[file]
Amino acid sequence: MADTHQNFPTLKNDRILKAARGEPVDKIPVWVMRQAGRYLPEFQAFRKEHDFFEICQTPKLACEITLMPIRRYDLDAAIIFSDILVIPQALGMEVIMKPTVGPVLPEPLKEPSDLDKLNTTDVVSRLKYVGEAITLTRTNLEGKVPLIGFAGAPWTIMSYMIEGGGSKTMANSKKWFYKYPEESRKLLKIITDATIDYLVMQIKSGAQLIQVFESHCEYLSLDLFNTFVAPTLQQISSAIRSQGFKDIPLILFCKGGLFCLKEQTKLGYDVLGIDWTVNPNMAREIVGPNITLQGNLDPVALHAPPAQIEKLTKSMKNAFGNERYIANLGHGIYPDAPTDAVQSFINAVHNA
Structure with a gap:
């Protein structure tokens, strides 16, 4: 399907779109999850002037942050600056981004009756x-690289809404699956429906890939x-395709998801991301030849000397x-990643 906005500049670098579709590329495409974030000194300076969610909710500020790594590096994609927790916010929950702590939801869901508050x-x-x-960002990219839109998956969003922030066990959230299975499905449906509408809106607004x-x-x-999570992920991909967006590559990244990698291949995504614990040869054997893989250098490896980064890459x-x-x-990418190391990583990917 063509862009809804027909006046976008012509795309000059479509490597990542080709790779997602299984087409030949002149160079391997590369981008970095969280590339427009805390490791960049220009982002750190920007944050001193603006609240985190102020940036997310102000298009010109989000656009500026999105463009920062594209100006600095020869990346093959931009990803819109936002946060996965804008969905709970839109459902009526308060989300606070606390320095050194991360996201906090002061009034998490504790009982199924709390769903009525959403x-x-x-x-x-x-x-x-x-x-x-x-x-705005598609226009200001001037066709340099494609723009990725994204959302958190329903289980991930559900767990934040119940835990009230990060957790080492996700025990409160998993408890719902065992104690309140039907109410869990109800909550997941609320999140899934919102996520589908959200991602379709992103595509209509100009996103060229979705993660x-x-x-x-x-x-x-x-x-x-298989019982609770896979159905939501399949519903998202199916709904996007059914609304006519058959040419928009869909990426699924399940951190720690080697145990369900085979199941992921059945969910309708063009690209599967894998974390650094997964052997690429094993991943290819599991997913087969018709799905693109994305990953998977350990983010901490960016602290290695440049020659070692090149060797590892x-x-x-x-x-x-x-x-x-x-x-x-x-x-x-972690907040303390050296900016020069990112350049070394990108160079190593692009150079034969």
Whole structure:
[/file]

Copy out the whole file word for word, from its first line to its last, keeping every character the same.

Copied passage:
Amino acid sequence: MADTHQNFPTLKNDRILKAARGEPVDKIPVWVMRQAGRYLPEFQAFRKEHDFFEICQTPKLACEITLMPIRRYDLDAAIIFSDILVIPQALGMEVIMKPTVGPVLPEPLKEPSDLDKLNTTDVVSRLKYVGEAITLTRTNLEGKVPLIGFAGAPWTIMSYMIEGGGSKTMANSKKWFYKYPEESRKLLKIITDATIDYLVMQIKSGAQLIQVFESHCEYLSLDLFNTFVAPTLQQISSAIRSQGFKDIPLILFCKGGLFCLKEQTKLGYDVLGIDWTVNPNMAREIVGPNITLQGNLDPVALHAPPAQIEKLTKSMKNAFGNERYIANLGHGIYPDAPTDAVQSFINAVHNA
Structure with a gap:
């Protein structure tokens, strides 16, 4: 399907779109999850002037942050600056981004009756x-690289809404699956429906890939x-395709998801991301030849000397x-990643 906005500049670098579709590329495409974030000194300076969610909710500020790594590096994609927790916010929950702590939801869901508050x-x-x-960002990219839109998956969003922030066990959230299975499905449906509408809106607004x-x-x-999570992920991909967006590559990244990698291949995504614990040869054997893989250098490896980064890459x-x-x-990418190391990583990917 063509862009809804027909006046976008012509795309000059479509490597990542080709790779997602299984087409030949002149160079391997590369981008970095969280590339427009805390490791960049220009982002750190920007944050001193603006609240985190102020940036997310102000298009010109989000656009500026999105463009920062594209100006600095020869990346093959931009990803819109936002946060996965804008969905709970839109459902009526308060989300606070606390320095050194991360996201906090002061009034998490504790009982199924709390769903009525959403x-x-x-x-x-x-x-x-x-x-x-x-x-705005598609226009200001001037066709340099494609723009990725994204959302958190329903289980991930559900767990934040119940835990009230990060957790080492996700025990409160998993408890719902065992104690309140039907109410869990109800909550997941609320999140899934919102996520589908959200991602379709992103595509209509100009996103060229979705993660x-x-x-x-x-x-x-x-x-x-298989019982609770896979159905939501399949519903998202199916709904996007059914609304006519058959040419928009869909990426699924399940951190720690080697145990369900085979199941992921059945969910309708063009690209599967894998974390650094997964052997690429094993991943290819599991997913087969018709799905693109994305990953998977350990983010901490960016602290290695440049020659070692090149060797590892x-x-x-x-x-x-x-x-x-x-x-x-x-x-x-972690907040303390050296900016020069990112350049070394990108160079190593692009150079034969």
Whole structure: